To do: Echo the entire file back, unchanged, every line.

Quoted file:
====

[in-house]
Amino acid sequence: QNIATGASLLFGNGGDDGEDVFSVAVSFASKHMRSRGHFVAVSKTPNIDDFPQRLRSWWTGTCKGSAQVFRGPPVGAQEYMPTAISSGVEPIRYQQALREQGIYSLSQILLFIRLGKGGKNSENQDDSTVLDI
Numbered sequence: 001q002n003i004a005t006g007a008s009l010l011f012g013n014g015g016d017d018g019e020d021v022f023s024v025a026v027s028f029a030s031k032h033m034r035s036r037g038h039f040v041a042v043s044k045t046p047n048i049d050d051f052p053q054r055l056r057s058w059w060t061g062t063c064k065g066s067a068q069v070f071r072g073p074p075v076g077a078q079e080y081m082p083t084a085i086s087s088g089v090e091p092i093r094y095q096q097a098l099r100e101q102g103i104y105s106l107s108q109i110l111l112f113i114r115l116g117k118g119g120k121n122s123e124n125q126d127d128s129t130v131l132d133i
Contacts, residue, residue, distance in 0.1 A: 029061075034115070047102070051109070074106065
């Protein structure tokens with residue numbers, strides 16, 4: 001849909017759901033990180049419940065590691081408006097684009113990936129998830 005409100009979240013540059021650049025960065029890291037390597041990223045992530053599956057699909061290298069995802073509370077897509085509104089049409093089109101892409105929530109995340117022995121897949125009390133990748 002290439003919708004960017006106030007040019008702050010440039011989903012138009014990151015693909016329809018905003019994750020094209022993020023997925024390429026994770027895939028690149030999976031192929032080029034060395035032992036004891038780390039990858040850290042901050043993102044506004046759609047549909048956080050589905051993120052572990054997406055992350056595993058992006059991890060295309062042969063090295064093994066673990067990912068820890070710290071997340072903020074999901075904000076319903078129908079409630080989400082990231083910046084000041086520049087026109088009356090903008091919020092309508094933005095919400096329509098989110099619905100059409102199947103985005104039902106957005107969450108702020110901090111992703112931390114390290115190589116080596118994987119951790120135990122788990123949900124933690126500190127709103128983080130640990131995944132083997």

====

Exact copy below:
[in-house]
Amino acid sequence: QNIATGASLLFGNGGDDGEDVFSVAVSFASKHMRSRGHFVAVSKTPNIDDFPQRLRSWWTGTCKGSAQVFRGPPVGAQEYMPTAISSGVEPIRYQQALREQGIYSLSQILLFIRLGKGGKNSENQDDSTVLDI
Numbered sequence: 001q002n003i004a005t006g007a008s009l010l011f012g013n014g015g016d017d018g019e020d021v022f023s024v025a026v027s028f029a030s031k032h033m034r035s036r037g038h039f040v041a042v043s044k045t046p047n048i049d050d051f052p053q054r055l056r057s058w059w060t061g062t063c064k065g066s067a068q069v070f071r072g073p074p075v076g077a078q079e080y081m082p083t084a085i086s087s088g089v090e091p092i093r094y095q096q097a098l099r100e101q102g103i104y105s106l107s108q109i110l111l112f113i114r115l116g117k118g119g120k121n122s123e124n125q126d127d128s129t130v131l132d133i
Contacts, residue, residue, distance in 0.1 A: 029061075034115070047102070051109070074106065
């Protein structure tokens with residue numbers, strides 16, 4: 001849909017759901033990180049419940065590691081408006097684009113990936129998830 005409100009979240013540059021650049025960065029890291037390597041990223045992530053599956057699909061290298069995802073509370077897509085509104089049409093089109101892409105929530109995340117022995121897949125009390133990748 002290439003919708004960017006106030007040019008702050010440039011989903012138009014990151015693909016329809018905003019994750020094209022993020023997925024390429026994770027895939028690149030999976031192929032080029034060395035032992036004891038780390039990858040850290042901050043993102044506004046759609047549909048956080050589905051993120052572990054997406055992350056595993058992006059991890060295309062042969063090295064093994066673990067990912068820890070710290071997340072903020074999901075904000076319903078129908079409630080989400082990231083910046084000041086520049087026109088009356090903008091919020092309508094933005095919400096329509098989110099619905100059409102199947103985005104039902106957005107969450108702020110901090111992703112931390114390290115190589116080596118994987119951790120135990122788990123949900124933690126500190127709103128983080130640990131995944132083997």